10 Things I Wish I Had Known before Getting Goats

We jumped in without even looking, really. We spent nearly 20 minutes on research, and asked just a few questions and felt we were ready.

We just knew we wanted goats. I mean, we became parents without any prior knowledge or experience, and our kids turned out okay, right? Well, turns out that goats just were not the same thing. At all.

Nigerian Dwarf Goat in front of their goat shack

We felt that Nigerian Dwarf goats were the best for our small homestead, due to their smaller size. And since we wanted milk, we had to have one that was pregnant or had recently given birth.

I located a lady who was selling a pregnant doe and called her up. I agreed to drive up to meet her, about 2 hours away and see this goat.

I feel in love with her homestead, and all the goats, chickens and horses she had running around. I just “knew” that I had to be like this. Oh, the naïve fool that I was.

The doe she showed me was indeed pregnant. And very skittish.

Looking back, that should’ve been a warning sign to me, but you know… I have to admit that I was just going to have to take this nice lady’s word that the doe was in perfect health, and she had “all the papers somewhere”.

Since I knew nothing about goats and them giving birth, we agreed that the doe should stay with her until she kidded.

Her due date was only 2 weeks off, and that would give us plenty of time to get things ready for the doe and her kids.

Since the 20 minutes of research I had done led me to believe that Nigerians usually have multiples, I was expecting at least 2-3 kids, just like the other doe goats she had that kidded recently. I had to get hay, finish the fence, and be ready.

I got an email a week later… She gave birth to ONE doeling. ONE? Yes, one.

So, I went and got them the next day and brought them home. I expected our doe, Sephira, and her doeling, Nellie to be all nice and quiet. Yeah, that didn’t happen.

After trying to get Sephira into the milking stand, it took me about 1 hour to get her to let me milk her.

We were both first timers, and a first time milker with a first time milkee is not a good combination.

It took days of tears, chasing her down and fighting her to get her on the milking stand to milk her. It took almost 30 minutes from start to finish as well. And for my efforts, I usually only got 1-2 cups of milk each time.

That small amount of milk was quickly guzzled within seconds by my youngest. Gone were the dreams of making cheese, yogurt, or soap from our abundant goat milk.

After a month, my husband was finally able to milk her. But most of the burden of milking fell to me. Twice a day, I had to go out to the goat shed and milk her. It got better, though, as we learned to trust each other.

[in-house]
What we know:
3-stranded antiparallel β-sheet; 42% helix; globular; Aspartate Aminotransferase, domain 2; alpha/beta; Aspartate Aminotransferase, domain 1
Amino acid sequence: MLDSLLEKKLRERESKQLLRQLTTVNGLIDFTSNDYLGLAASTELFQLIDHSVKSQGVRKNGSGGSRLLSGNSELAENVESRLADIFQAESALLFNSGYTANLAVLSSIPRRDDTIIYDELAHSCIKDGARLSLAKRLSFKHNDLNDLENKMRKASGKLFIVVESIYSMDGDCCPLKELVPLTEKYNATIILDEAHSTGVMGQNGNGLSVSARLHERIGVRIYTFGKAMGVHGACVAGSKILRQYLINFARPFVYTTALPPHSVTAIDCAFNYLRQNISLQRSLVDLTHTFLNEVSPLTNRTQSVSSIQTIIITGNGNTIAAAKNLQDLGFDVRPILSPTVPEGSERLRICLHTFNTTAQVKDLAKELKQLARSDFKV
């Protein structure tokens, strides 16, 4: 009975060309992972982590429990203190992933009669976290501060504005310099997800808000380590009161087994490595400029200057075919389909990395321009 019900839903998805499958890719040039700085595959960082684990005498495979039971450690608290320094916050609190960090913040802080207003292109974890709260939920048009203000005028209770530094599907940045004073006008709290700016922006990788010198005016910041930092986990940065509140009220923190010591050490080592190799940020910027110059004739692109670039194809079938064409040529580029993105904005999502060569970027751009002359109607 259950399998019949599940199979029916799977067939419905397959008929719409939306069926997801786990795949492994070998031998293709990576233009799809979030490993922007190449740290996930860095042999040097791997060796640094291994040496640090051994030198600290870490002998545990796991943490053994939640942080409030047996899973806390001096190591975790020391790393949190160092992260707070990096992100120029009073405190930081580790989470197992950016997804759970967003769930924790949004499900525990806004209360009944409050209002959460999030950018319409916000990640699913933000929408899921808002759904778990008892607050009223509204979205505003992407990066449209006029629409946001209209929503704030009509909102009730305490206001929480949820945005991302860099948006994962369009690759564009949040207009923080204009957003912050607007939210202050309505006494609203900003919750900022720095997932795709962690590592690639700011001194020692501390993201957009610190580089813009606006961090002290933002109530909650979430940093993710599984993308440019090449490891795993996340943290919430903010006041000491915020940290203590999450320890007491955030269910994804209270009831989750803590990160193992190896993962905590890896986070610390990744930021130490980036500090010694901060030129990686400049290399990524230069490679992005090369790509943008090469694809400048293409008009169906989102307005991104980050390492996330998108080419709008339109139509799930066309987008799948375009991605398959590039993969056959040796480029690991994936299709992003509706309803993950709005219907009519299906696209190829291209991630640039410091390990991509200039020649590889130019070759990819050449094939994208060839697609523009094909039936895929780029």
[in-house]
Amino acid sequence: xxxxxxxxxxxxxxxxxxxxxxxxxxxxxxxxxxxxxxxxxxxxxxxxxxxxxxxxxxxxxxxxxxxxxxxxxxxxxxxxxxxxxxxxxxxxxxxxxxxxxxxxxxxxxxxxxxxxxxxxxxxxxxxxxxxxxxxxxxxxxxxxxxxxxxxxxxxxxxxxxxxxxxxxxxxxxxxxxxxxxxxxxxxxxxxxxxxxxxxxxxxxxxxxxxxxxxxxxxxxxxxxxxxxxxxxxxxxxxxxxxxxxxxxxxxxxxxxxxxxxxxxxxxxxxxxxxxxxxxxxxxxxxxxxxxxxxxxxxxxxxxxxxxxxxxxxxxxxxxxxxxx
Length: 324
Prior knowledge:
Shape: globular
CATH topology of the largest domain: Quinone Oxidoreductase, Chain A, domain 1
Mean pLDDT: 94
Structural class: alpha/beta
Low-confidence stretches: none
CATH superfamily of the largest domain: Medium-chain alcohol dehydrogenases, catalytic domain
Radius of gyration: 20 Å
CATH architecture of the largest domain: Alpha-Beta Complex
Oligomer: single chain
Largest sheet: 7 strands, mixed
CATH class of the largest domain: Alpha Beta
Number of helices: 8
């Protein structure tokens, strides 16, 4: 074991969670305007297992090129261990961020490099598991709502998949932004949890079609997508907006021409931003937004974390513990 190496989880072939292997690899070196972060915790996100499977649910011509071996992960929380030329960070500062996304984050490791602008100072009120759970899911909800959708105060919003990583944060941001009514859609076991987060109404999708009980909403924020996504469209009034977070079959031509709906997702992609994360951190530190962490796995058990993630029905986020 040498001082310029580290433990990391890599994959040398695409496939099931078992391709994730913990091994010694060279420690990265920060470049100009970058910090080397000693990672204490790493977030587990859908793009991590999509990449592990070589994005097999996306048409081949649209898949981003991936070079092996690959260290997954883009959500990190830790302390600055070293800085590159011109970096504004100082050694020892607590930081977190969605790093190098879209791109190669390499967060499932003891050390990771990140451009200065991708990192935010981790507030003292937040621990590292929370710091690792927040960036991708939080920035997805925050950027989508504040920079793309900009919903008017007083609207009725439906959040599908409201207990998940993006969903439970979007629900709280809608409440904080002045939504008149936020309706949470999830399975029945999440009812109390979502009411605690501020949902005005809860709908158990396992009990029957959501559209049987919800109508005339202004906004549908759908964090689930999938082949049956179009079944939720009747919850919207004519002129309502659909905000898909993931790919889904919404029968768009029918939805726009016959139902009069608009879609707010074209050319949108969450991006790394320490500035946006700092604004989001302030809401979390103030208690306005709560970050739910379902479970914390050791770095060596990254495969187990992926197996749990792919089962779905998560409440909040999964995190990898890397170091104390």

She would go into the milking stand when she saw me come out with the pail, and I got better at holding her hind leg and milking her at the same time. Yes, I had to hold her hind leg so she wouldn’t kick the bucket over.

baby goats and their mother
baby goats and their mother

What I Wish I Had Known before I Got the Goats

Before getting goats, I wish I had done more research on the following topics. I wish I had known:

1. That You Need to Do Lots of Research

Goat ownership can be a rewarding experience, but it’s important to do your research before you bring home your new herd.

There are a few key things to keep in mind when you’re shopping for goats, including their age, health, and temperament. These are all things I wish I had known more about before bringing my goats home.

It’s also important to consider what you’ll be using the goats for, as different breeds are better suited for different purposes.

For example, dairy goats produce more milk than meat goats, and pygmy goats are smaller and more delicate than other breeds. By doing your homework before you buy, you can set your goats up for success—and avoid any unpleasant surprises down the road.

2. That You Need to Pay Close Attention to the Signs of a Goat Pregnancy

I wish I had been prepared to have a pregnant doe so I could’ve had her myself. I still get the eerie feeling she had more kids that I wasn’t given.

I remember when I first got my goats, I was so excited. I had always wanted goats, and I finally had the chance to get a few of my own. However, I quickly learned that there is a lot more to goat care than I had originally thought.

One of the things that I didn’t know much about was goat pregnancy. Goats can get pregnant at any time of year, so it’s important to be prepared. Kidding season can be a busy time, and it’s essential to know how to care for a pregnant goat.

If you’re thinking about getting goats, or if you already have them, make sure to do your research on goat pregnancy care!

It might seem like a lot of work at first, but it’s worth it when you see your healthy goats kids running around the pasture.

3. How to House My Goats (and Keep Them Contained in a Fence)

When I first got my goats, I had no idea how to contain them. I just assumed that they would stay put in the pasture and not wander off. Unfortunately, that was not the case.

Goats are very curious creatures, and they quickly found ways to escape from the pasture.

Every time I turned around, it seemed like one of them was getting out of the fence. I soon realized that I needed to do some research on how to effectively house my goats.

I learned that goats need a sturdy fence that is at least four feet tall. The fence should also have narrow spacing between the rails to prevent the goats from sticking their heads through and escaping.

In addition, it is important to provide plenty of food and water inside the fenced area so that the goats have no reason to wander off.

4. The Mating Process in Goats

I wish I had done more research on mating in the area. I wanted to breed both does in the fall, but had trouble finding a willing buck owner.

I brought my first goats home in the spring, two cute little does that I couldn’t wait to breed. I had done my research on goat care, but for some reason I had skipped over the part about breeding.

So, when it came time to breed my does, I quickly realized that I didn’t know as much as I should have. I didn’t have a buck on my property, and I didn’t know how to go about finding one.